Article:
Landscaping you Property
Your property is built on a slope and as a result the garden has bad drainage. Because of this bad drainage you cannot grow any plants and the garden is a useless piece of land attached to your property. Should you decide to fully landscape your garden by levelling the land and adding drainage you are increasing the value of the land as the land goes from being fairly useless into a piece of land that can be used and enjoyed. Once this work has been completed you decide you also want to create a new patio with a permanently built in BBQ, these changes will be considered as enhancements as the value of the property will be increased.
Converting a Bungalow into a two-Storey House
You currently live in a bungalow and you want to extend the property by adding two extra bedrooms and a bathroom on a new storey of the property. The costs involved to create the new rooms will be an enhancement as you have increased the value of your property by increasing the number of rooms. When it comes to putting a new roof to your property, unlike above in repairs, the new roof will be allowable for enhancements as that roof did not exist before as it was on the bungalow and not a multi-storey property.
Extension to Existing Property
You extend your property and build a conservatory which comes off your existing kitchen. As the extension did not originally exist when you purchased the asset then this is considered an enhancement as you will be adding value to your property. However, (there is always a caveat), if you decided to lay a new floor through the kitchen and the conservatory, then the kitchen floor which already existed would be considered a repair, and the new flooring in the extension would be considered as an enhancement. The same principle would apply if you decided to paint and decorate the kitchen and conservatory, the expenses related to painting and decorating the existing kitchen will be considered a repair and the new extension will be an enhancement.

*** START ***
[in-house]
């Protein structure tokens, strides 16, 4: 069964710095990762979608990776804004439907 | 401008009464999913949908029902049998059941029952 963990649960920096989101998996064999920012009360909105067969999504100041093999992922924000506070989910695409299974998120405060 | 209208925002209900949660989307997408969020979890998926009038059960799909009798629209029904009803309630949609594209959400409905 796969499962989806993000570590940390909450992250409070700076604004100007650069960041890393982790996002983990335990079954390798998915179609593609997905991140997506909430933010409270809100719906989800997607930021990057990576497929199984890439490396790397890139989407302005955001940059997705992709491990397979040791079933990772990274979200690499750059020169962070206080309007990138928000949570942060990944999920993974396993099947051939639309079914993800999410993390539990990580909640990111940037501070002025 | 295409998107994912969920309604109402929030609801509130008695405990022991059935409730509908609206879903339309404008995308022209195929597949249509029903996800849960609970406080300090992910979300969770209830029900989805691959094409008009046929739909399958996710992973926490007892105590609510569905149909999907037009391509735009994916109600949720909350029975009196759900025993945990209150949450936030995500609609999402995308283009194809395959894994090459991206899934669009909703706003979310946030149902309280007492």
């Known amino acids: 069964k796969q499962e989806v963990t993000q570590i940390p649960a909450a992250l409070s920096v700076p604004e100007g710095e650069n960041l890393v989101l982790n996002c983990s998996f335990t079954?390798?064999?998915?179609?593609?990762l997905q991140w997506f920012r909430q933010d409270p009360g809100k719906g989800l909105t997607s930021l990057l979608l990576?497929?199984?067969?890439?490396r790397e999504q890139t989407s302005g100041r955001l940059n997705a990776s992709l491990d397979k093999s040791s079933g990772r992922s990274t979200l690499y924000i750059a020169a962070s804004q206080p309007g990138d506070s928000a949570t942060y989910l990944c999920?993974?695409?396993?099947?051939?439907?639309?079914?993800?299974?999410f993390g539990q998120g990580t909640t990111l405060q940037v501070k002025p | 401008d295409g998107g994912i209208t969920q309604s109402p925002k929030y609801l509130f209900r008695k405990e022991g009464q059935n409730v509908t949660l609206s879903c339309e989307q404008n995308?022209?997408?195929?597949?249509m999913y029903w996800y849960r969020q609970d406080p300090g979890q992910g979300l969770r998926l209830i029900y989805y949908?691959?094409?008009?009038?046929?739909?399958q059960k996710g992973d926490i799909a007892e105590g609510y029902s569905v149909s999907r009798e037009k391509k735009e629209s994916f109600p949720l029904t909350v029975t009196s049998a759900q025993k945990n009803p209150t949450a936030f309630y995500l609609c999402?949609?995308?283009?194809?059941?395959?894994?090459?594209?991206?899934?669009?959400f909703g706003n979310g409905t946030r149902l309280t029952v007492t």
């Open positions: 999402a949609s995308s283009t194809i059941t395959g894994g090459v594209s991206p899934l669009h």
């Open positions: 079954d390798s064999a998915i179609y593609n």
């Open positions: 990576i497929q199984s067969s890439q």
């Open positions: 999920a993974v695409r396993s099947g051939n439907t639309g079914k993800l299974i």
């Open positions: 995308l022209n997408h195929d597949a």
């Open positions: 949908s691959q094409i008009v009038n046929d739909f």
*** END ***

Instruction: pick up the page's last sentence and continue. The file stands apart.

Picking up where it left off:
It is important to remember that if you plan to make an enhancement to your property, then 100% of the costs of the project may not always be considered as an enhancement cost as some may be repairs.
Repairs to an Enhancement
Let’s say you extended your property 5 years ago and you decided you want to add wooden flooring throughout the extension, this would now be considered a repair as you are bringing the extension back to the original condition of when it was built.
This is important to consider when are extending a property, as initially putting in cheaper features (such as windows and doors) which you plan to replace when you have saved up more money in a few year’s time, then the replacement of these features which you want to ‘upgrade’ will not be an allowable enhancement cost when you come to sell the property.
If you have any queries on any of the above and you would like a tax advisor to contact you, please email us at email@example.com.
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Written by Katy North